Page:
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Reflections on a Parade

On a sweltering morning in the end of March, a few hundred people convened on a suburban neighborhood in Plano, Texas for what appeared to be a block party. Children, parents and grandparents of all ages arrived in droves, surveying the scene of a tent on someone’s front lawn, refreshments on decorated tables, and activities for the kids around back. Upon closer review, this was clearly not your typical community get-together. Under the tent sat a scribe, deeply engrossed in writing. Families posed with him one by one, excited to be living this unique moment of history. Suddenly, cries of “Mazel Tov!” rang out through the clear blue morning. Tears welling up in his eyes, a rabbi stood up on a chair to address the crowd. Upon the completion of his emotional remarks, a man hoisted what appeared to be a large scroll in the air, unraveling it as he lifted. As the scroll descended from its glorious ride, music began playing (quite loudly) from the back of a truck as hundreds of men, women and children began an unprecedented joyous march through the streets of Plano.

During my year studying in Jerusalem, I was privileged to attend numerous Torah dedication parades. After all, in a city with hundreds of synagogues, this type of event is not uncommon. Every so often, when I heard the familiar music off in the distance, I would wander through the neighborhood to find the procession and join the celebration. I would stand on the side and watch the proceedings like an amused onlooker watching a street performance. I enjoyed watching the little boys and girls bedecked in crowns and holding light sticks or torches being carried on their parents’ shoulders. Occasionally, I would even feel a faint emotional connection with the celebrants. Am Yisrael is one, and communal celebration of this nature is something that could and should be felt by all.

Never before, however, had I felt anything even remotely close to the strong emotions that surged through my heart this past Sunday. As I sat down with my family to write the third to last letter in the Torah, and later when I watched the Torah being displayed in all its beauty for all to see, a wave of powerful emotion overcame me. Never in my life did I dance like I did on Sunday down Parker Road. This celebration was special, different than any other experience prior. And it has everything to do with each one of you reading this.

Every viable Jewish community owns a Torah scroll. It is an indispensable part of Jewish communal life, a non-negotiable item on a synagogue’s shopping list. But the methods through which a community may obtain this item vary. Most often, a scribe is contracted by an individual or a family on behalf of the community. This sponsor will dedicate the Torah in memory of a loved one, or in honor of an occasion. He will allow others to ceremonially participate in the writing at the end, to fulfill the last directive offered in the Torah, that of preserving the everlasting word of G-d through writing Torah scrolls. Graciously, he will provide opportunities for his brethren to pose with the scribe under the bright lights of the camera, to record this opportunity for posterity.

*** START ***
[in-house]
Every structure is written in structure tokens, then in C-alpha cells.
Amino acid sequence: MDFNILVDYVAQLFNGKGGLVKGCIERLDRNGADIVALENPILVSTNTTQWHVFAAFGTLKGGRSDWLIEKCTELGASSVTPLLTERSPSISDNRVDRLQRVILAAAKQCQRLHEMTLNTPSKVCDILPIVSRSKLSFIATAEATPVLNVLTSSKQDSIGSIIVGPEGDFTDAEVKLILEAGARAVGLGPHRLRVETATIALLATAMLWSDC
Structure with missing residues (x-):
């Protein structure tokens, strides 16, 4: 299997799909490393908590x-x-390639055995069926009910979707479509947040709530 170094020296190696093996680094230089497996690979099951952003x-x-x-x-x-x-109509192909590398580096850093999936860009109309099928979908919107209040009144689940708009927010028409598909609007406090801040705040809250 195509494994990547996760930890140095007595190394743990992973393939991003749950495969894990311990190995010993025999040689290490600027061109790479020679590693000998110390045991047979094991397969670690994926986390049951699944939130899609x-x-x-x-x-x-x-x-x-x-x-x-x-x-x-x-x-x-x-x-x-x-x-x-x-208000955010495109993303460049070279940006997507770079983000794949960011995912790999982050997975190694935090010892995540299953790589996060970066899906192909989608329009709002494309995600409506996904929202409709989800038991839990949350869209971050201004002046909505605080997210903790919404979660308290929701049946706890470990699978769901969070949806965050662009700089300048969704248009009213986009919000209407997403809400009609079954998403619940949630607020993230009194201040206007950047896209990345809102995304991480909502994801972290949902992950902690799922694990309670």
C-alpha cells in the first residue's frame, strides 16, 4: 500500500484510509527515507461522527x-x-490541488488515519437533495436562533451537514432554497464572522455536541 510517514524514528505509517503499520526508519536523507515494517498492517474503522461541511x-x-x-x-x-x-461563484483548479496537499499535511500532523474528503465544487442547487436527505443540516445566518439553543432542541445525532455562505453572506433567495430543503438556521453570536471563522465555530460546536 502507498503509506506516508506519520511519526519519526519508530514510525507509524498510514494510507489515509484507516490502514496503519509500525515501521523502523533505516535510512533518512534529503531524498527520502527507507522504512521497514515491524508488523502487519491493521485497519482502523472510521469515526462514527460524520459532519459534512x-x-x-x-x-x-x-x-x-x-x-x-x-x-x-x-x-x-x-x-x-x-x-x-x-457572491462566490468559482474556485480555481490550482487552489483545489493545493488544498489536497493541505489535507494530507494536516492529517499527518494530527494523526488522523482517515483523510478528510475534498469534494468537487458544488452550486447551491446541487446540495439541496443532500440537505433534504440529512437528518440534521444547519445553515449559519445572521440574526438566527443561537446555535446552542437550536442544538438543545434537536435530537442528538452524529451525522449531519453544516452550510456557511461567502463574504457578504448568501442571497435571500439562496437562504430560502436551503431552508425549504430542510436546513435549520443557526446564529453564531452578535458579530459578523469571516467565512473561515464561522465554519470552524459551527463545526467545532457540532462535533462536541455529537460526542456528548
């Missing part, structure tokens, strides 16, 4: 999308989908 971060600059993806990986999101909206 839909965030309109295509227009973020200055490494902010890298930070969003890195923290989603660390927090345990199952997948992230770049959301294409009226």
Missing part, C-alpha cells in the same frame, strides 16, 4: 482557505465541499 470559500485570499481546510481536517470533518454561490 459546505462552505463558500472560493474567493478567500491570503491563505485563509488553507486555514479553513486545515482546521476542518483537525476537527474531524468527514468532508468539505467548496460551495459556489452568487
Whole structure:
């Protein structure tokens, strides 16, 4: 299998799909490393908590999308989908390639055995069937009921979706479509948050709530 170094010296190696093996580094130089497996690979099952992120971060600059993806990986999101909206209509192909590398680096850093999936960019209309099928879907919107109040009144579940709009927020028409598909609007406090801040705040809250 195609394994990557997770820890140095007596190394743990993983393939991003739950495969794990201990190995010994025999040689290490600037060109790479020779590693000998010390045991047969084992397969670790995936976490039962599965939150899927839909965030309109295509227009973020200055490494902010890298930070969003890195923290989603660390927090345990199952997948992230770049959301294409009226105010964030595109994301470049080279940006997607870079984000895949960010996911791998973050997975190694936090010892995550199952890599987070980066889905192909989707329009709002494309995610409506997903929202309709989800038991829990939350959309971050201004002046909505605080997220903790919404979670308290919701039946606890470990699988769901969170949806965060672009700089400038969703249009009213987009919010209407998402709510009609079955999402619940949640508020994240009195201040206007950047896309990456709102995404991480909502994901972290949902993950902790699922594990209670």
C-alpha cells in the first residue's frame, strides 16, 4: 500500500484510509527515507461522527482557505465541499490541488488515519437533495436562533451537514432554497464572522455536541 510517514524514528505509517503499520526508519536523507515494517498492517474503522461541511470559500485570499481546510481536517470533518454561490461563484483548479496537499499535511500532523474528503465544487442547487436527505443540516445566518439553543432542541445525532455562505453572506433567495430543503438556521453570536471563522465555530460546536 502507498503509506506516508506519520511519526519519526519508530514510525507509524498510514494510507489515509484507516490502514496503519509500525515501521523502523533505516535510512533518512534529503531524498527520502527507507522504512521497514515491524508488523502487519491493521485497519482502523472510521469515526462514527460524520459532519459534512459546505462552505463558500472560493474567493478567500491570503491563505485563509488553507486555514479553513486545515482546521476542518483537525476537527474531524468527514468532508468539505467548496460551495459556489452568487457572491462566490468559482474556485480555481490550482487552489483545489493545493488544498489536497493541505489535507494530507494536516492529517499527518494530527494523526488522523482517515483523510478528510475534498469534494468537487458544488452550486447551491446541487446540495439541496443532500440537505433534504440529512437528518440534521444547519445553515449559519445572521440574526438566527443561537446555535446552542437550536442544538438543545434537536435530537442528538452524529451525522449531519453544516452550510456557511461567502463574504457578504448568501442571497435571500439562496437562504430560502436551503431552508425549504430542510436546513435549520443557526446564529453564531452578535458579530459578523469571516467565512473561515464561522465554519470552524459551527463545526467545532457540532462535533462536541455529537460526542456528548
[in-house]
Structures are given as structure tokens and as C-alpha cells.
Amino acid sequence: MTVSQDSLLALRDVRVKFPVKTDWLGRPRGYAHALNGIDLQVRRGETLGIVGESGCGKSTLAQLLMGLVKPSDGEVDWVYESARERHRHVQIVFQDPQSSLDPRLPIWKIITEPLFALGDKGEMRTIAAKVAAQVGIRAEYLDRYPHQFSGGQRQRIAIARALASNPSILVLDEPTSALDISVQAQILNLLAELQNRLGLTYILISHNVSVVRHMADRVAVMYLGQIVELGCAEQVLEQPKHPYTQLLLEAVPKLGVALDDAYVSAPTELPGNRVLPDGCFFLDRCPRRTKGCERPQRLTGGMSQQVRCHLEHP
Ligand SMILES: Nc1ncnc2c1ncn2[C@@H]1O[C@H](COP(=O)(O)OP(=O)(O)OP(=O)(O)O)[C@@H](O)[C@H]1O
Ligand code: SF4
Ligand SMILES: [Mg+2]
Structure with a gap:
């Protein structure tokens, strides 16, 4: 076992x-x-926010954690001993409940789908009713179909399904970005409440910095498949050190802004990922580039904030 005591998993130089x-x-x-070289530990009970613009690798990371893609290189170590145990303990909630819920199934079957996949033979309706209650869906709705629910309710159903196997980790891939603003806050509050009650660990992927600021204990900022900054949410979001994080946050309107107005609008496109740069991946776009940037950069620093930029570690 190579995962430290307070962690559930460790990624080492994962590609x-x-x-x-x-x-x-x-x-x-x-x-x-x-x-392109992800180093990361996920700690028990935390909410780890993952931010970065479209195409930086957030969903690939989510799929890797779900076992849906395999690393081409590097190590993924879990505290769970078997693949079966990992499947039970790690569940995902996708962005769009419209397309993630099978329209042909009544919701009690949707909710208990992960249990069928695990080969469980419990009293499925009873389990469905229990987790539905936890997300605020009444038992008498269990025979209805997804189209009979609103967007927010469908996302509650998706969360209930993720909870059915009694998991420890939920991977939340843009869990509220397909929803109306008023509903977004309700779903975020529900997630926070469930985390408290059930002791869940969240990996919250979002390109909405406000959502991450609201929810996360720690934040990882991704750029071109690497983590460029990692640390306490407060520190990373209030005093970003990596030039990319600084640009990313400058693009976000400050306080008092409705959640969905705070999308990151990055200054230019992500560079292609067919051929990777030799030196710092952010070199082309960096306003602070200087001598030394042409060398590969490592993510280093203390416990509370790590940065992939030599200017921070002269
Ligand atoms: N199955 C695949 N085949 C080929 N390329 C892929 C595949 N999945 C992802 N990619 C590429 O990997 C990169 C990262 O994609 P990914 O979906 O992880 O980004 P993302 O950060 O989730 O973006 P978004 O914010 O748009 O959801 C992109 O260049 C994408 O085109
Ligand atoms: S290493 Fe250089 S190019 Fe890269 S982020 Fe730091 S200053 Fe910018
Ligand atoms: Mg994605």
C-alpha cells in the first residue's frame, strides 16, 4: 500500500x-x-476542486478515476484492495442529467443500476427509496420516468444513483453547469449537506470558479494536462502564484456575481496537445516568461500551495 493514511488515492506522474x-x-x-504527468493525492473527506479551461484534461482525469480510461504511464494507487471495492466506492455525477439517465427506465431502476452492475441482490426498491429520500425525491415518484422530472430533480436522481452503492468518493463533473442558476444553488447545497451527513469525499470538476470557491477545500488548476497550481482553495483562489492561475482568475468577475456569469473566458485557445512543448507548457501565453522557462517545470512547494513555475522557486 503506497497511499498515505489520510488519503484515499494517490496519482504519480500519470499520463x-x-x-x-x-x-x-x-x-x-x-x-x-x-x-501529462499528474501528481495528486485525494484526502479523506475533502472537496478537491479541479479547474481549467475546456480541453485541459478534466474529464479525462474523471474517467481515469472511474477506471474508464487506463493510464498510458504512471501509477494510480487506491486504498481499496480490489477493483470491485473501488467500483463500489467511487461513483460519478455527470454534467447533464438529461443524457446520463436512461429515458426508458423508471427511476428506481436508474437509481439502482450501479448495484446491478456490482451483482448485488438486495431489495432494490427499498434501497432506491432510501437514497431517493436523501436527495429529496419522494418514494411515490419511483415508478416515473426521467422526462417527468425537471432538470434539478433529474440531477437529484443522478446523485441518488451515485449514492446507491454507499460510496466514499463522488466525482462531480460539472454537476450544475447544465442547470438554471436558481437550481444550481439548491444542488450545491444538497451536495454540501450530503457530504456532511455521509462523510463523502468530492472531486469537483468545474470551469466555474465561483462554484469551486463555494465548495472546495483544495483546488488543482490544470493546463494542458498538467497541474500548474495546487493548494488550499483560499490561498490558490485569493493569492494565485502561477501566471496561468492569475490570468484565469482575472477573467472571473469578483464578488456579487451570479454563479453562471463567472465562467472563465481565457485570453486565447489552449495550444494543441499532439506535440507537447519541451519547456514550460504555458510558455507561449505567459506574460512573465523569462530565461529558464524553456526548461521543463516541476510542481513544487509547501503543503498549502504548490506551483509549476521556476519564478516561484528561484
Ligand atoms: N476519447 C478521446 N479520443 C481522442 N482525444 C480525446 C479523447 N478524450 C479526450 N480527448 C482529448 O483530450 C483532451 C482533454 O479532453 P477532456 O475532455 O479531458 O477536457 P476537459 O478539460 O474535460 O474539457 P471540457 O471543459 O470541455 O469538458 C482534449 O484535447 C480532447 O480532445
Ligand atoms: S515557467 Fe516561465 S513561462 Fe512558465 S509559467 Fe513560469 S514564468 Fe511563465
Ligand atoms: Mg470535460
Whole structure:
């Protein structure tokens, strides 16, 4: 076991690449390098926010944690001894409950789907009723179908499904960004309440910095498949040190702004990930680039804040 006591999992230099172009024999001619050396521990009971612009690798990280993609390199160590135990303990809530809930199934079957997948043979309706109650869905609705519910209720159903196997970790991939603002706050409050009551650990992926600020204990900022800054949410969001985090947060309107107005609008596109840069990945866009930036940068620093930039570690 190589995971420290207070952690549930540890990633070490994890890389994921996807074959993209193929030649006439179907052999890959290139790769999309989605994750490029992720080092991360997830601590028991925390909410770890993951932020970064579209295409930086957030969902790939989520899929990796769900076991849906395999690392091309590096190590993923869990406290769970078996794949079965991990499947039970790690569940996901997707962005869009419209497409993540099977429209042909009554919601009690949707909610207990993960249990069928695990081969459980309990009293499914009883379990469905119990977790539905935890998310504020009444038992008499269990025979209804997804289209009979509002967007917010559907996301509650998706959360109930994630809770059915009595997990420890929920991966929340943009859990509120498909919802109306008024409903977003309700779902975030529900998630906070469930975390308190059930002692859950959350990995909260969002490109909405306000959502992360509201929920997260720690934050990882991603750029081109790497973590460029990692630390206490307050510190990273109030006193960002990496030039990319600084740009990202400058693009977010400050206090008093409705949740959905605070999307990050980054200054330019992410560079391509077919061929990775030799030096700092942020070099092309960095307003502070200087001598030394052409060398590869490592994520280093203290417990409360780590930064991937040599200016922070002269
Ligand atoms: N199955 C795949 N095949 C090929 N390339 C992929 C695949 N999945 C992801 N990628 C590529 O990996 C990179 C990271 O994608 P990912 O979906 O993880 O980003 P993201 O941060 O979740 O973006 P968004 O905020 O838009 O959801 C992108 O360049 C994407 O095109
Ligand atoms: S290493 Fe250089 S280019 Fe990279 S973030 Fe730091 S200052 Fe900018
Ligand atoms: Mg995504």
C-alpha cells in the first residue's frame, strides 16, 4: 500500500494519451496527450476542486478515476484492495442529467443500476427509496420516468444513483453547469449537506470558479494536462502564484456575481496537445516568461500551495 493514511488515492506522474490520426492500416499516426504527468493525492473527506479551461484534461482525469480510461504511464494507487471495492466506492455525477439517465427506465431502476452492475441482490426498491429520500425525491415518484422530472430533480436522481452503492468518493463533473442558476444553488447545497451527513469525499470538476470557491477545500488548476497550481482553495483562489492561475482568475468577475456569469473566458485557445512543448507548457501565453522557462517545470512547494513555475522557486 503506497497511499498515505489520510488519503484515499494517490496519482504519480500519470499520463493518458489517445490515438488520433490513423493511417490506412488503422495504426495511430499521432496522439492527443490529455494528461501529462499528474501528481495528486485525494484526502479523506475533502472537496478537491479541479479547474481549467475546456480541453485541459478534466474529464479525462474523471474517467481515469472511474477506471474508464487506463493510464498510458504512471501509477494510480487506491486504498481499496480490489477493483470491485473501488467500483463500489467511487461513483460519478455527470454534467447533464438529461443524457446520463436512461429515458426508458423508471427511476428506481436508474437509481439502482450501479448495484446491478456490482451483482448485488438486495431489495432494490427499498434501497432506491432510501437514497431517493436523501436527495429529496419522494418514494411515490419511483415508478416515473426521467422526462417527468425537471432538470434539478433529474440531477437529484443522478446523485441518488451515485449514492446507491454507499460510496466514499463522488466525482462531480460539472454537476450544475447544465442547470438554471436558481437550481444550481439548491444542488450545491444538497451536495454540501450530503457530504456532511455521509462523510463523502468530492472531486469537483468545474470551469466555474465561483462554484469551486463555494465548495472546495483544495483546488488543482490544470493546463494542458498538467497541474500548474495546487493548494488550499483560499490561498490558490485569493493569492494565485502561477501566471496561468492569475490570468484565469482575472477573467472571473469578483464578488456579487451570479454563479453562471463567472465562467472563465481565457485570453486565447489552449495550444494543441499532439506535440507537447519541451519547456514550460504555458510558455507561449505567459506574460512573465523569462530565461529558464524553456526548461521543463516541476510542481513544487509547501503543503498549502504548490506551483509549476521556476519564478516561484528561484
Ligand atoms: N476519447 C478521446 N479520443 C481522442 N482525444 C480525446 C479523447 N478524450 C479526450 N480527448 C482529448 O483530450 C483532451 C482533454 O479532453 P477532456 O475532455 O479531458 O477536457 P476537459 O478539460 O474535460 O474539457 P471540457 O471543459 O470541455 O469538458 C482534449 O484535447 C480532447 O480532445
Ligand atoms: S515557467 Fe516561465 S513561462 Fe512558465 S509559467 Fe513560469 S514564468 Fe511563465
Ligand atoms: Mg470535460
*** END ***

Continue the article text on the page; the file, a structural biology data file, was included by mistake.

But the Torah writing belongs to him. As the primary stakeholder in the writing, this scroll remains under his family’s name forever.

And then there are some very, very special communities, who do it differently. Communities like ours, who broach an idea together. An idea that is almost ridiculous. An idea that pulls against the screaming fiber of the communal comfort zone. An idea of Kedusha Mach’reves.

And against all odds, they transform their idea into a reality. Together. With each family contributing. As a community.

Rashi famously comments on the period of time during which we received the Torah at Mount Sinai, that the Jews during that time period displayed a unique sense of brotherhood, as a prerequisite for the receiving of the Torah. Many commentators remark that the segment of the Jewish calendar of Sefiras ha’Omer, the counting of the Omer, is markedly positioned before Shavuos, the holiday of the receiving of the Torah. During Sefiras ha’Omer, we focus on community-building and loving kindness. Only through banding together as a community and seeing the common denominators among all Jews can we rightfully accept the Torah.

There is no doubt in my mind that on that sunny morning less than a week ago, G-d was looking down on Parker Road and grinning from ear to ear. The nachas that He must have had from us is indescribable. Not only did we fulfill an infrequent and cherished mitzvah, but we did it together. We may be a small Jewish community on the maps, but if one looked on the map Upstairs this week, he would have seen Plano as a very, very significant community.

Ashreinu. How blessed we are to be part of such a community, such a family, who knows and appreciated the significance and power of Torah.

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